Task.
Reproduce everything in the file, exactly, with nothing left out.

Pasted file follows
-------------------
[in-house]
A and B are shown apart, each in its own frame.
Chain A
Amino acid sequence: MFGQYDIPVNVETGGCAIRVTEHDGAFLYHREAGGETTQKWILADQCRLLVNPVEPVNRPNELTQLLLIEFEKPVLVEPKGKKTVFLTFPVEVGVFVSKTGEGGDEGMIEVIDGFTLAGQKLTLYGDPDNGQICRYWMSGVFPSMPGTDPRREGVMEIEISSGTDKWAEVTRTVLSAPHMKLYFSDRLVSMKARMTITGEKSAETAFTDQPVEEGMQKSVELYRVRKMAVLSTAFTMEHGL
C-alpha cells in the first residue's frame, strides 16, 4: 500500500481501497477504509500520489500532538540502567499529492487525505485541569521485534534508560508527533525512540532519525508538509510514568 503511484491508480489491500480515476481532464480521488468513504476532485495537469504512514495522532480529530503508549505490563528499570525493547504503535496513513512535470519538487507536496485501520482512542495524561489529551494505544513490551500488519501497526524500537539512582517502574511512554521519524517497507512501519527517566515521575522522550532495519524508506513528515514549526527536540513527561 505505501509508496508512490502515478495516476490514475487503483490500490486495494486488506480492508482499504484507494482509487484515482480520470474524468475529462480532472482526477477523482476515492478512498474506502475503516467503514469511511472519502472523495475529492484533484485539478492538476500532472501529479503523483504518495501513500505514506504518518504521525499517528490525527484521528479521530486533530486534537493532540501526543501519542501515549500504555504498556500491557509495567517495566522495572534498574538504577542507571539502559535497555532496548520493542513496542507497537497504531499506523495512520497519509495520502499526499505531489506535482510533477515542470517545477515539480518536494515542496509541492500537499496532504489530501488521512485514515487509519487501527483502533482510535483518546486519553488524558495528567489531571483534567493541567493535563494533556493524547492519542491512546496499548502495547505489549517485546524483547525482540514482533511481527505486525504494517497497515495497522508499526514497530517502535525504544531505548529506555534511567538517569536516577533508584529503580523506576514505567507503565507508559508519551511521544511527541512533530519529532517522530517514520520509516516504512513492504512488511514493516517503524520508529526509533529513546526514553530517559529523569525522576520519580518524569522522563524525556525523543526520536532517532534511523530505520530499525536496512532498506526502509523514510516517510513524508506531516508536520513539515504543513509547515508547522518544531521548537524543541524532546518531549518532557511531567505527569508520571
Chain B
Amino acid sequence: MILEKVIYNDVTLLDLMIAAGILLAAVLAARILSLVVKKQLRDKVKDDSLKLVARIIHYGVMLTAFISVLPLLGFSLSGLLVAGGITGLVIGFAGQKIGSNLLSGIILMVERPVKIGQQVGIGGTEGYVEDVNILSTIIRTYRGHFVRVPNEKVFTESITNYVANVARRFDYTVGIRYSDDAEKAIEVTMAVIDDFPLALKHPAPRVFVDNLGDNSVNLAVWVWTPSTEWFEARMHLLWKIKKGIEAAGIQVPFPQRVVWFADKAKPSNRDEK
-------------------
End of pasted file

[in-house]
A and B are shown apart, each in its own frame.
Chain A
Amino acid sequence: MFGQYDIPVNVETGGCAIRVTEHDGAFLYHREAGGETTQKWILADQCRLLVNPVEPVNRPNELTQLLLIEFEKPVLVEPKGKKTVFLTFPVEVGVFVSKTGEGGDEGMIEVIDGFTLAGQKLTLYGDPDNGQICRYWMSGVFPSMPGTDPRREGVMEIEISSGTDKWAEVTRTVLSAPHMKLYFSDRLVSMKARMTITGEKSAETAFTDQPVEEGMQKSVELYRVRKMAVLSTAFTMEHGL
C-alpha cells in the first residue's frame, strides 16, 4: 500500500481501497477504509500520489500532538540502567499529492487525505485541569521485534534508560508527533525512540532519525508538509510514568 503511484491508480489491500480515476481532464480521488468513504476532485495537469504512514495522532480529530503508549505490563528499570525493547504503535496513513512535470519538487507536496485501520482512542495524561489529551494505544513490551500488519501497526524500537539512582517502574511512554521519524517497507512501519527517566515521575522522550532495519524508506513528515514549526527536540513527561 505505501509508496508512490502515478495516476490514475487503483490500490486495494486488506480492508482499504484507494482509487484515482480520470474524468475529462480532472482526477477523482476515492478512498474506502475503516467503514469511511472519502472523495475529492484533484485539478492538476500532472501529479503523483504518495501513500505514506504518518504521525499517528490525527484521528479521530486533530486534537493532540501526543501519542501515549500504555504498556500491557509495567517495566522495572534498574538504577542507571539502559535497555532496548520493542513496542507497537497504531499506523495512520497519509495520502499526499505531489506535482510533477515542470517545477515539480518536494515542496509541492500537499496532504489530501488521512485514515487509519487501527483502533482510535483518546486519553488524558495528567489531571483534567493541567493535563494533556493524547492519542491512546496499548502495547505489549517485546524483547525482540514482533511481527505486525504494517497497515495497522508499526514497530517502535525504544531505548529506555534511567538517569536516577533508584529503580523506576514505567507503565507508559508519551511521544511527541512533530519529532517522530517514520520509516516504512513492504512488511514493516517503524520508529526509533529513546526514553530517559529523569525522576520519580518524569522522563524525556525523543526520536532517532534511523530505520530499525536496512532498506526502509523514510516517510513524508506531516508536520513539515504543513509547515508547522518544531521548537524543541524532546518531549518532557511531567505527569508520571
Chain B
Amino acid sequence: MILEKVIYNDVTLLDLMIAAGILLAAVLAARILSLVVKKQLRDKVKDDSLKLVARIIHYGVMLTAFISVLPLLGFSLSGLLVAGGITGLVIGFAGQKIGSNLLSGIILMVERPVKIGQQVGIGGTEGYVEDVNILSTIIRTYRGHFVRVPNEKVFTESITNYVANVARRFDYTVGIRYSDDAEKAIEVTMAVIDDFPLALKHPAPRVFVDNLGDNSVNLAVWVWTPSTEWFEARMHLLWKIKKGIEAAGIQVPFPQRVVWFADKAKPSNRDEK